When I told my closest gaming-obsessed buddies that I was headed out to L.A. for IndieCade 2016 earlier this month, their response was that of confused enthusiasm. “Cool, cool,” they said, forcing smiles. “But…uh, what’s Indiecade?” Despite the ever-rolling waves of independent titles that have given the gaming scene an unprecedented sense of vibrancy and diversity, North America’s premier indie gaming festival remains one of the industry’s better-kept secrets.
Still, while the muted grandeur of IndieCade can’t quite compete with the raw magnitude of fan conventions like the various Penny Arcade Expos (PAX) or Comic-Con, these comparisons overlook the mission of the independent festival entirely. IndieCade bills itself as “Sundance for games,” and it comes with all the features that such a label would imply: a focus on interactive elements that expand genre, a sensitivity to titles that display an unvarnished ideological slant and a charming but undeniable sense of pretension that manages to permeate every aspect of the proceedings.
With all that in mind, here are 10 games from IndieCade that best-represent the unique flavor of the festival. Some are straightforward and recognizable and some are barely interactive at all, but all of them made a big impression.
YOU MUST BE 18 OR OLDER TO ENTER
Despite being one of the very first games I played at the festival, I don’t think any better embodied the IndieCade aesthetic than You Must Be 18. Originally released as a free game on Itchio, this is a 10-minute text adventure that aims to replicate an experience as awkward as it is universal: our collective first brush with Internet pornography, and the struggle to avoid being caught in the act. While it’s certainly aimed at those of a certain age—the game begins with the chirpy love song of a 56k modem, and the interface deliberately mirrors that of early AOL browsers—those unfamiliar with such period touches will still feel the brunt of its effect. Considering it’s free, it’s difficult not to recommend.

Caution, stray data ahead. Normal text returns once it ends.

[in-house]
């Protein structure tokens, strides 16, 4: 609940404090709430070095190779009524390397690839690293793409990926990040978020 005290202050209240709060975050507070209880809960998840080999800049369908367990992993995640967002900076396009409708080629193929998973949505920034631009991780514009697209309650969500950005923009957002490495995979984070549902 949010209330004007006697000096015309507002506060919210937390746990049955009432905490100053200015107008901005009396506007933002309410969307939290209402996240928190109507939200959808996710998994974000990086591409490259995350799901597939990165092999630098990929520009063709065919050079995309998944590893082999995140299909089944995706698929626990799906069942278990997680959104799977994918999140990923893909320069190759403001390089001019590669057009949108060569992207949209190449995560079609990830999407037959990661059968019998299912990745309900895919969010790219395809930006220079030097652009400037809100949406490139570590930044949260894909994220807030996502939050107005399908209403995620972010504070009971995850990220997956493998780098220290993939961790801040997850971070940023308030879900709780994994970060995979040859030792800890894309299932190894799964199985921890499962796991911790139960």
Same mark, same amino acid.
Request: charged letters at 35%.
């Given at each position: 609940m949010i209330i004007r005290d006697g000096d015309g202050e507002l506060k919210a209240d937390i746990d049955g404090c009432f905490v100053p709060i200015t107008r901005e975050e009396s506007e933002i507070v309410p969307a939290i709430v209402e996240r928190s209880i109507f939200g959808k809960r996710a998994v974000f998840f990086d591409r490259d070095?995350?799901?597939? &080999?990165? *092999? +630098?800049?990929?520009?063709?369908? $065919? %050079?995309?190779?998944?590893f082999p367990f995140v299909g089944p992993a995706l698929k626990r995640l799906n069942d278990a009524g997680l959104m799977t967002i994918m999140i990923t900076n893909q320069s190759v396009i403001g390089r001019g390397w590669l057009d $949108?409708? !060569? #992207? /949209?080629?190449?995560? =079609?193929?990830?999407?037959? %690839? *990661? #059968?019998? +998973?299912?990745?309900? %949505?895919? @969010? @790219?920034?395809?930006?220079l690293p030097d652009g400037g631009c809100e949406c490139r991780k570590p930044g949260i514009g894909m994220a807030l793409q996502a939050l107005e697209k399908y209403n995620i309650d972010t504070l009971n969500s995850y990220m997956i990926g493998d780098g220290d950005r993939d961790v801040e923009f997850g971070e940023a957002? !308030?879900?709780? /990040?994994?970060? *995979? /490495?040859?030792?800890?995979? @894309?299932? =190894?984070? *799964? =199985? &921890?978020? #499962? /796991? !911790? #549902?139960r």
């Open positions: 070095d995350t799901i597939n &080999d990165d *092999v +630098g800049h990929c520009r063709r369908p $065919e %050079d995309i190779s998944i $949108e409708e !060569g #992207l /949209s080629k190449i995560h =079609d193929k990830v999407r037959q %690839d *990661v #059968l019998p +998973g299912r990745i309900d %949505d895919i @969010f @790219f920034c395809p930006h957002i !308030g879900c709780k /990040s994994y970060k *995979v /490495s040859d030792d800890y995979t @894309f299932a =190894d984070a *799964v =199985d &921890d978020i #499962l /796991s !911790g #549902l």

With the incipient popularity of real-life “escape the room” games, it only follows that this year’s festival would feature some examples that would try to take the concept beyond bank vaults and abandoned warehouses. Strictly speaking, you won’t be escaping any rooms in Séance—or in this case, the tent that it takes place in—but anyone familiar with the burgeoning genre will recognize the “find-the-combination” logic puzzles that comprise most of it. Though the space it takes place in can feel a little cramped at times, the Disney-esque technical trickery and the sheer theatricality of the game master who runs the experience elevate it considerably. Since it’s an “installation game,” it’s likely that only a lucky few convention-goers will get to experience Séance. If you’re at one in the near future, it’s certainly worth looking for.